Speedy Dragon blows hot at the trials
David Kok-trained New Year Cup winner is back at his best
He was the toast of the New Year.
But after that explosive run which saw him land the first feature of the season, Speedy Dragon crept back into his cave where he remained dormant - until Tuesday.
Then, at the trials on a hot and humid morning, when placed in a not-too-shabby line-up of triallists, Speedy Dragon came into his own.
CHARGE TO THE FRONT
In a show which wasn't at all reminscent of his preferred style of racing where he usually comes from behind to win, this time we saw him charge to the front, take a breather then, on straightening, put on wings to blaze a trail which left his eight rivals wondering what hit them.
So, it wasn't a scorching time. He did the 1,000m trip in a shade above a minute - 60.50sec to be exact.
But the manner in which he opened up to record that six-length victory was impressive.
Dee Dee D'or tried to make a race of it at the top of the stretch - but to no avail. Same too, Excellency. The spirit was willing, alas, the flesh was weak.
Like he did on New Year's Day, when he streaked away to land the prize by almost two-and-a-half-lengths, Speedy Dragon was just too smart.
Incidentally, that win on Jan 1 was his seventh success from just 18 starts and it helped push him into the three-figure club in the ratings.
Yes, Speedy Dragon is now a 101-rater.
However, since Jan 1, we haven't seen him face the starter in an actual race but, on the strength of that "victory" on Tuesday, that next race could be win number eight for this prolifc moneyspinner from trainer David Kok's yard.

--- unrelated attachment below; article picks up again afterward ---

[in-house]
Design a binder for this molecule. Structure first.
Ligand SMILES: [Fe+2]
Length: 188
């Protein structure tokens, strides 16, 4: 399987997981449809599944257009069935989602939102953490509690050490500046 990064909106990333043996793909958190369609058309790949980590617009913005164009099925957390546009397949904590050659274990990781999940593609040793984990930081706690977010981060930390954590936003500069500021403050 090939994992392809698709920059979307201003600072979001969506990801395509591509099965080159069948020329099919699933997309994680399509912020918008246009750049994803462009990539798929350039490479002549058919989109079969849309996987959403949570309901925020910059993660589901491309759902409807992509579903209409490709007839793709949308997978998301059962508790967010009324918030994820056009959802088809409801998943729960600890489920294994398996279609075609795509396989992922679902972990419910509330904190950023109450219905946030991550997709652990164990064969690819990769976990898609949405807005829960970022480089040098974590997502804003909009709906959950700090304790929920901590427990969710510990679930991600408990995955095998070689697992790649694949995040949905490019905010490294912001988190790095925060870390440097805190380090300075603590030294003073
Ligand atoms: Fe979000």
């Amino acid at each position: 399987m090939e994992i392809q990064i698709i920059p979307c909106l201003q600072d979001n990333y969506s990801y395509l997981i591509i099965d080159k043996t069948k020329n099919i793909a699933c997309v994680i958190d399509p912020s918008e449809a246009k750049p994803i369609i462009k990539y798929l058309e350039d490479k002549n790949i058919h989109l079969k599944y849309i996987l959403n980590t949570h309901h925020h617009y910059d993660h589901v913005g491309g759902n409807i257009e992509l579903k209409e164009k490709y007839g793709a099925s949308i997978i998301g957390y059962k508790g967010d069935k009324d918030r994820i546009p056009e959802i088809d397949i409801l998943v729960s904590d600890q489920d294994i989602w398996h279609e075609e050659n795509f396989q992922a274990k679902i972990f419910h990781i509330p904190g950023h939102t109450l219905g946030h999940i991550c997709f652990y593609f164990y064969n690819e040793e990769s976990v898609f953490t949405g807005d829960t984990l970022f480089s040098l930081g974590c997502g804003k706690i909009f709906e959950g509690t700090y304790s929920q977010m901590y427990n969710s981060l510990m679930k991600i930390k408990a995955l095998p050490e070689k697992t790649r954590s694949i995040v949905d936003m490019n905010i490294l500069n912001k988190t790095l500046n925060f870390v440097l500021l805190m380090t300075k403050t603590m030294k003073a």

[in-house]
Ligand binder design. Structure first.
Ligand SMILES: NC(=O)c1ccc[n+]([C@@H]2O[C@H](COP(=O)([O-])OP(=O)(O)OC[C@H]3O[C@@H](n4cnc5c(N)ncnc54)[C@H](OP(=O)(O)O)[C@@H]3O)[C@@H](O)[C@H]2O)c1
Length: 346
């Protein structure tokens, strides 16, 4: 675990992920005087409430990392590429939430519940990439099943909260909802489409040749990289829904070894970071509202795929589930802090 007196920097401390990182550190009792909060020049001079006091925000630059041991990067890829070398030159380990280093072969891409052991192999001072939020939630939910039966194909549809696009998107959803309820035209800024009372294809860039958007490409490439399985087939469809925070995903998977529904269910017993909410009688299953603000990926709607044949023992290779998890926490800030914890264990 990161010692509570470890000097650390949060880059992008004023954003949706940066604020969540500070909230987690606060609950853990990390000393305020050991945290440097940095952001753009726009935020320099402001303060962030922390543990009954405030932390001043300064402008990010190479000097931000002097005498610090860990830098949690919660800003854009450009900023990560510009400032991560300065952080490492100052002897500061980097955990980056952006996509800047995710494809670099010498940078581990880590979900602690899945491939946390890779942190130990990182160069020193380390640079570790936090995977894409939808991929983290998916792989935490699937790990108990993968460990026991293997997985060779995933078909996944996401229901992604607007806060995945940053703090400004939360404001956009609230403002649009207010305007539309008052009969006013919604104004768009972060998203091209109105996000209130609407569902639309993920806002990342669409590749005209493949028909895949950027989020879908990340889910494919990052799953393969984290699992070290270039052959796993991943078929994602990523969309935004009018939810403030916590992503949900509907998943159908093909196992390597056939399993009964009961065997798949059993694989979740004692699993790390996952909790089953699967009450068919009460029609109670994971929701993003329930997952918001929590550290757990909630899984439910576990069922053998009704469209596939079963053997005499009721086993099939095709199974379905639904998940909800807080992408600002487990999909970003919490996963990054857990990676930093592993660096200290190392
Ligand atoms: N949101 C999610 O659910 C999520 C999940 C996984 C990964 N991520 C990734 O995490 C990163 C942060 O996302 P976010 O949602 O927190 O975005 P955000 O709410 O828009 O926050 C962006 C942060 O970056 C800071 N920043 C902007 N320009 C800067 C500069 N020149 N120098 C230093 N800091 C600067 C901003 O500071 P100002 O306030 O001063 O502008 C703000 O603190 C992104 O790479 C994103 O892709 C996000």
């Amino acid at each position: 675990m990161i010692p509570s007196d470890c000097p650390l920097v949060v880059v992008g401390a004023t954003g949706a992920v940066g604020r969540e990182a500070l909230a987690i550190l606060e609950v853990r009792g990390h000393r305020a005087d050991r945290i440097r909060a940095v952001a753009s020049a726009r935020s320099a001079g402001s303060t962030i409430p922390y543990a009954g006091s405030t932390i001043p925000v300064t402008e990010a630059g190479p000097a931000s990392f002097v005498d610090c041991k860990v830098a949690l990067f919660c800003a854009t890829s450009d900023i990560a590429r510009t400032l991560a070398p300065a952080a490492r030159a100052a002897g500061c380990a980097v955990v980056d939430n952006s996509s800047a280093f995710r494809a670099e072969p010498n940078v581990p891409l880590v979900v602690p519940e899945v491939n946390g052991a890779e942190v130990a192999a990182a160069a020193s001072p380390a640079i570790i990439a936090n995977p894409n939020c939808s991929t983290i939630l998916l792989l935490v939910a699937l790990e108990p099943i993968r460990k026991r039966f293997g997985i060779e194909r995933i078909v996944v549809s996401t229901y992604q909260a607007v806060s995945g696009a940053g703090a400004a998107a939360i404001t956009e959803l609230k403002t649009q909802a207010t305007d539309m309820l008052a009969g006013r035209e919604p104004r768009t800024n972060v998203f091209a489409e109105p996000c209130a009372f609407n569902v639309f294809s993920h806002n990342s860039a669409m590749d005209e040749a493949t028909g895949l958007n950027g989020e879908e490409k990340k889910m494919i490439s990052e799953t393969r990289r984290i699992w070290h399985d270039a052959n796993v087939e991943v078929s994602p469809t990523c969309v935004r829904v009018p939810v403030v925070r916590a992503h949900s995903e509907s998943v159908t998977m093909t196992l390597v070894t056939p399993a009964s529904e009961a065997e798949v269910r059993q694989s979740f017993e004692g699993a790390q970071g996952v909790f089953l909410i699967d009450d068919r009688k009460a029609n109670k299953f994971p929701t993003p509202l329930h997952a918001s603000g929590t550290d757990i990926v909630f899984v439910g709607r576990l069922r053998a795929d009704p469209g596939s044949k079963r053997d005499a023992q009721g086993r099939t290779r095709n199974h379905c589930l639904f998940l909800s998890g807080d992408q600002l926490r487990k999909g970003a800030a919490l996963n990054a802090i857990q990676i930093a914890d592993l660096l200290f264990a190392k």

Also at the trials on Tuesday, I thought the run by Khudawand was impressive.
However, and unlike Speedy Dragon who led from go to whoa, Khudawand did it differently.
After jumping on equal terms with the rest in the last trial of the morning, his jockey Michael Rodd opted for the scenic route.
So he hooked him back to last and stayed there as the runners coasted over the back stretch. He was in no hurry when they made that sweeping left-hander which brought them to the 600m marker.
But once they reached the home stretch, Rodd decided it was showtime.
And all it took was a flick of the reins to get Khudawand going.
Racing widest of the lot, he picked them off one by one to score by three parts of a length.
Beautiful Day and War Citi, who did most of the navigating, had to settle for second and third.
But it was all about Khudawand.
The Michael Clements-trained four-year-old has been a hit-and-miss sort of runner.
His last win was in September when he beat a Kranji Stakes D field over the mile and his last three outings have been mediocre.
Indeed, he has yet to make an appearance in the current season.
When he does and, if he can bring his trial form to the races, Khudawand could be worth a small wager.